A state investigation revealed the identities of donors to a secret fund to oppose an initiative that would increase funding to public schools and to support an initiative to weaken the unions’ political influence.

Among the donors to the $11 million secret fund was billionaire Eli Broad. He publicly supported Governor Jerry Brown’s measure to raise taxes to help the state’s struggling public schools at the same time that he put $1 million into the fund to defeat the new tax.

Broad similarly has pretended to be a friend to unions, but was a contributor to the fund–organized in part by the far-right Koch brothers–that would have limited the ability of unions to raise political cash.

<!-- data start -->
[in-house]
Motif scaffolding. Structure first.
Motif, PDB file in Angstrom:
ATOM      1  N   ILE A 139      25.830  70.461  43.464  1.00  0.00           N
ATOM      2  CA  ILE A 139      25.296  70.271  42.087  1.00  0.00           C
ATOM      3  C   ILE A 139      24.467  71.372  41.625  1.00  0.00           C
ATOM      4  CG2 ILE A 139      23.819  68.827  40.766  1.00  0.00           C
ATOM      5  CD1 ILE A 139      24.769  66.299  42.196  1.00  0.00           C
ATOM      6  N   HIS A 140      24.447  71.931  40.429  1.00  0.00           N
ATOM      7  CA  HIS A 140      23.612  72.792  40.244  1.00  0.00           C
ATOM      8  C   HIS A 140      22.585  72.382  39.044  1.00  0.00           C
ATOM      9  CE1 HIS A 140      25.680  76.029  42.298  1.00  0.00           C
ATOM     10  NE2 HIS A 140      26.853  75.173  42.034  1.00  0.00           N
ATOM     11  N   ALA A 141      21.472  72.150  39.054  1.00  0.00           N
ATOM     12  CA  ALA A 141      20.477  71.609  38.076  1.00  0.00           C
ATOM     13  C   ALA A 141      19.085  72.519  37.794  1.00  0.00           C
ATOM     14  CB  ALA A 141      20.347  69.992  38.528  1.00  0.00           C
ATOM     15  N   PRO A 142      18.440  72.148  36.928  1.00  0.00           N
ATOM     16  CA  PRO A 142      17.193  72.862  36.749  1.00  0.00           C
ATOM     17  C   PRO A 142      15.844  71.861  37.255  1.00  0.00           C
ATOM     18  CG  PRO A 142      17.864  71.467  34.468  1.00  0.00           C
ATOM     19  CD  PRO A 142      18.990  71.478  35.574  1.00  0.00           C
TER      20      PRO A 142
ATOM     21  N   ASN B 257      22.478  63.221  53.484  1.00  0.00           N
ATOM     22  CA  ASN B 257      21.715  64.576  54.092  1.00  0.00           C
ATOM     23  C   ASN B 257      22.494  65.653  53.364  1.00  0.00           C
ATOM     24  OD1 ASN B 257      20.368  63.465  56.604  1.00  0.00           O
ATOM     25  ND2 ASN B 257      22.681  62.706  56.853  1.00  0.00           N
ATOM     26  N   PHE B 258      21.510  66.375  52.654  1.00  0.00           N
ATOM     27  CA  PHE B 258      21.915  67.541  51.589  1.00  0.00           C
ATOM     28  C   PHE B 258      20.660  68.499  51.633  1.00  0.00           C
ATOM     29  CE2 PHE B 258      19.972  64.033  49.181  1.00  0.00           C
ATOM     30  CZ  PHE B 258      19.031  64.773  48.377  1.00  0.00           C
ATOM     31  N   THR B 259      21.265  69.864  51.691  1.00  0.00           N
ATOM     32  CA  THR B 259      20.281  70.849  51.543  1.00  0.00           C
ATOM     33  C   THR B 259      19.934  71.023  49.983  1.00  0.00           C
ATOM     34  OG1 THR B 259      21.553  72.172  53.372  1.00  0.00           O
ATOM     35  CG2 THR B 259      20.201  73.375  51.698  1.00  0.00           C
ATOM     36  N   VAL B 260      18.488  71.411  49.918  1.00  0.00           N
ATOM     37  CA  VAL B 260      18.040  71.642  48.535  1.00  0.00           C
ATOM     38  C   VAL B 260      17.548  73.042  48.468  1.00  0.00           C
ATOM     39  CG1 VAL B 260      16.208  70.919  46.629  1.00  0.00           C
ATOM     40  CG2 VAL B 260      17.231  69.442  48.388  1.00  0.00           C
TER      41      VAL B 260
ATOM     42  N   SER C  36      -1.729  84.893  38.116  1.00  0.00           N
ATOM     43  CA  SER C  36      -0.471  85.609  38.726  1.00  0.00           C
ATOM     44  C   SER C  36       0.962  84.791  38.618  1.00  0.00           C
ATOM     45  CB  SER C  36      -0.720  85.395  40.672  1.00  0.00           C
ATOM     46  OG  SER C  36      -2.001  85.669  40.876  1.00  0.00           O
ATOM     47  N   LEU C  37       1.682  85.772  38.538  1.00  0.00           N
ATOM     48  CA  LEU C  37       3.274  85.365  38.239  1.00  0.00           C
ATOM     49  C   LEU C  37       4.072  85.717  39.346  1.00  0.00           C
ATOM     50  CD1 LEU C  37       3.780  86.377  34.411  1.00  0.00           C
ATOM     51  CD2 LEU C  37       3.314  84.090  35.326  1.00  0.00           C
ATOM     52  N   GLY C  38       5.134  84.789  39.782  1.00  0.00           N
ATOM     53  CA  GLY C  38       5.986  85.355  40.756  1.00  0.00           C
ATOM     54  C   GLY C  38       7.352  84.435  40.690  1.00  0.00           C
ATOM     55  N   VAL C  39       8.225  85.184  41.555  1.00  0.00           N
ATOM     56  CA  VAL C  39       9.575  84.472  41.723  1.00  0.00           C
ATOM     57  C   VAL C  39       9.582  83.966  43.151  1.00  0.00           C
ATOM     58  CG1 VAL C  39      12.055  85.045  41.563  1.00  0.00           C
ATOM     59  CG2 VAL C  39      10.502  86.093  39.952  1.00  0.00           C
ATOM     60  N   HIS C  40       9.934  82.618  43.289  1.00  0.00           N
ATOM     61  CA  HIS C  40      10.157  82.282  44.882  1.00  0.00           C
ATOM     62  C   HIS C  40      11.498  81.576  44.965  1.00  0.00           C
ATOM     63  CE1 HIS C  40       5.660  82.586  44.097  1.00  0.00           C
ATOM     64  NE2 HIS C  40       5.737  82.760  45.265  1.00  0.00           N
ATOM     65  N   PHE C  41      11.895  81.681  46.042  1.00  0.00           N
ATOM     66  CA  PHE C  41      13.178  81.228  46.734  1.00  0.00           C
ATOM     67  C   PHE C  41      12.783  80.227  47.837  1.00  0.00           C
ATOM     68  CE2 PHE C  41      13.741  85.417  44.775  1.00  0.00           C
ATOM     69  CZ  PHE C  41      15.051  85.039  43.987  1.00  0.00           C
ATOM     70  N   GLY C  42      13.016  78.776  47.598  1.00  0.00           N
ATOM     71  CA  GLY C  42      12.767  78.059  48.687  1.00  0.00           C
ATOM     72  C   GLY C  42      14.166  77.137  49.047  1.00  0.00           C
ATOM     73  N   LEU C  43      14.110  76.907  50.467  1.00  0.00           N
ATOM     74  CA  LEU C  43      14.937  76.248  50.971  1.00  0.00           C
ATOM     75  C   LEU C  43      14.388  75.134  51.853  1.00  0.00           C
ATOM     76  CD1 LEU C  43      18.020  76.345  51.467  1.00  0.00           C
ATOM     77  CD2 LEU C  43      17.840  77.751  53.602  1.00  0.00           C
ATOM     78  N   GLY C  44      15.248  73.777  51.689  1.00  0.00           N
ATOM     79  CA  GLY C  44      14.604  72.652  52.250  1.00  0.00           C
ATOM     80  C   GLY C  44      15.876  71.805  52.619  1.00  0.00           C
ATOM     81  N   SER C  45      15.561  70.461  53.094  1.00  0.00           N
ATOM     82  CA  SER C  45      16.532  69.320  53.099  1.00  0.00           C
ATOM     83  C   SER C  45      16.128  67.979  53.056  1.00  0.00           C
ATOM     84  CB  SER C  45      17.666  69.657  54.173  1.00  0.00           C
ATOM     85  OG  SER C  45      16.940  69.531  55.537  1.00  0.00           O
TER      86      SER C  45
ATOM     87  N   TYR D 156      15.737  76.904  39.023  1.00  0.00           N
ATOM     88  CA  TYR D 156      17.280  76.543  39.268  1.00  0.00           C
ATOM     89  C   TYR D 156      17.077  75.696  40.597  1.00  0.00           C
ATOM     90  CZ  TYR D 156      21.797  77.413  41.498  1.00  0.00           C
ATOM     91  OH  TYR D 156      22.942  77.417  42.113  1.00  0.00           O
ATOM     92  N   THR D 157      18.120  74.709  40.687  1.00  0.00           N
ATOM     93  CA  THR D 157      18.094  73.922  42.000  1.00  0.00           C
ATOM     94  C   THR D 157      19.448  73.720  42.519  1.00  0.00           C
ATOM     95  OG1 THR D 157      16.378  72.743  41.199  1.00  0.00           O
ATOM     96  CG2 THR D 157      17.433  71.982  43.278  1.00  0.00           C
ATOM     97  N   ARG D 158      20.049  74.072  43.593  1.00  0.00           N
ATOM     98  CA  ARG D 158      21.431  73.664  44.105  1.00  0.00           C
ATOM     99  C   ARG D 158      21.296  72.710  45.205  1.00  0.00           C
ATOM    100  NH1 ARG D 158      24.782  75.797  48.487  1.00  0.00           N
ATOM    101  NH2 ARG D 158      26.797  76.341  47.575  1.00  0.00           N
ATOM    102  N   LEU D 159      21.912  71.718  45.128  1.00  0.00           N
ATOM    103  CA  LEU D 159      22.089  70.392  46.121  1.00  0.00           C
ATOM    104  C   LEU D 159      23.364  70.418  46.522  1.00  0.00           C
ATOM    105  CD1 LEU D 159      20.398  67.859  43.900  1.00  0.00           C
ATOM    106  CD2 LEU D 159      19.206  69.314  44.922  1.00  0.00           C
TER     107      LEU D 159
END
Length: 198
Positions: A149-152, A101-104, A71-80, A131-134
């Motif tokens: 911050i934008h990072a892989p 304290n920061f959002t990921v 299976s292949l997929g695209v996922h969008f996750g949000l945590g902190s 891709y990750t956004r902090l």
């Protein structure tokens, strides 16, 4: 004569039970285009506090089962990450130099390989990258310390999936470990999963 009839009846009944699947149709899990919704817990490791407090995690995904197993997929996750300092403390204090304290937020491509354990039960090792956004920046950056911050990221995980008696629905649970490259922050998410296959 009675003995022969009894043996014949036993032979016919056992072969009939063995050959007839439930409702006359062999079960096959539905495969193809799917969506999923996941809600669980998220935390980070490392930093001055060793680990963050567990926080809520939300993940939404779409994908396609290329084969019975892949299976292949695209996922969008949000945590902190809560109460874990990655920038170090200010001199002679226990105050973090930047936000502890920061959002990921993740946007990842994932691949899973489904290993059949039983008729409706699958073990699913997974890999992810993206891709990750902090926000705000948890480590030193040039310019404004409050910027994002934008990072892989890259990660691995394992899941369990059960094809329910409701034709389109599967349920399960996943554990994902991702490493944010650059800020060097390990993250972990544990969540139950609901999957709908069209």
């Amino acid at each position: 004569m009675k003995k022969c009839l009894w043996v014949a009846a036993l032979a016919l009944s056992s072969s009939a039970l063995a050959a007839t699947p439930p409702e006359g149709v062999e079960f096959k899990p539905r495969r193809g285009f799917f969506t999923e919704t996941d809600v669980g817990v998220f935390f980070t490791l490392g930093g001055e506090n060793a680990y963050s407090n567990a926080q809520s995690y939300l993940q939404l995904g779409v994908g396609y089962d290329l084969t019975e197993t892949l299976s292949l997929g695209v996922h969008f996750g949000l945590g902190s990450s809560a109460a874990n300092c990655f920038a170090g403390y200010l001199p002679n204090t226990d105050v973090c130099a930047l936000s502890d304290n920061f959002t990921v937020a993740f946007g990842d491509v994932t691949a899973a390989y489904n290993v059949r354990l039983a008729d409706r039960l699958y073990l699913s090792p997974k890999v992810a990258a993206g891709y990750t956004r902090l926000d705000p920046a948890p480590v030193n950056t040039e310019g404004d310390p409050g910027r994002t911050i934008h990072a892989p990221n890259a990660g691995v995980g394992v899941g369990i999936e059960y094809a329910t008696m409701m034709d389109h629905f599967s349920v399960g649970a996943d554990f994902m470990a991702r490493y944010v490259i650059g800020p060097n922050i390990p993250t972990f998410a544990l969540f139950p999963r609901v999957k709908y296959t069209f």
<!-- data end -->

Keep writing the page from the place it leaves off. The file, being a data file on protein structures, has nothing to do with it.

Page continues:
The billionaires failed. The tax increase passed, and the effort to curb union spending was defeated.

If the bill limiting union spending had passed, only the super-rich would be able to give large campaign contributions but those who represent working people would be stripped of any opportunity to fund candidates or issues they cared about.

Other donors to the secret fund were investor Charles Schwab and the Fisher family, owners of the Gap and a major funder of KIPP.

Eli Broad and other donors to this fund went to great lengths to hide their antipathy to public schools and unions.

When I spoke in Sacramento two years ago, I spent two hours with Governor Brown and he told me he had to be diplomatic and nice to Michelle Rhee to keep Eli Broad’s support for his tax increase. He was fooled.

The tax increase was needed because former Governor Arnold Schwarzenegger had cut the public schools’ budget by about $15 billion while setting aside capital funds for charter schools and giving charter advocates a majority of seats on the state board of education. At that time, charters enrolled about 4% of the students in California.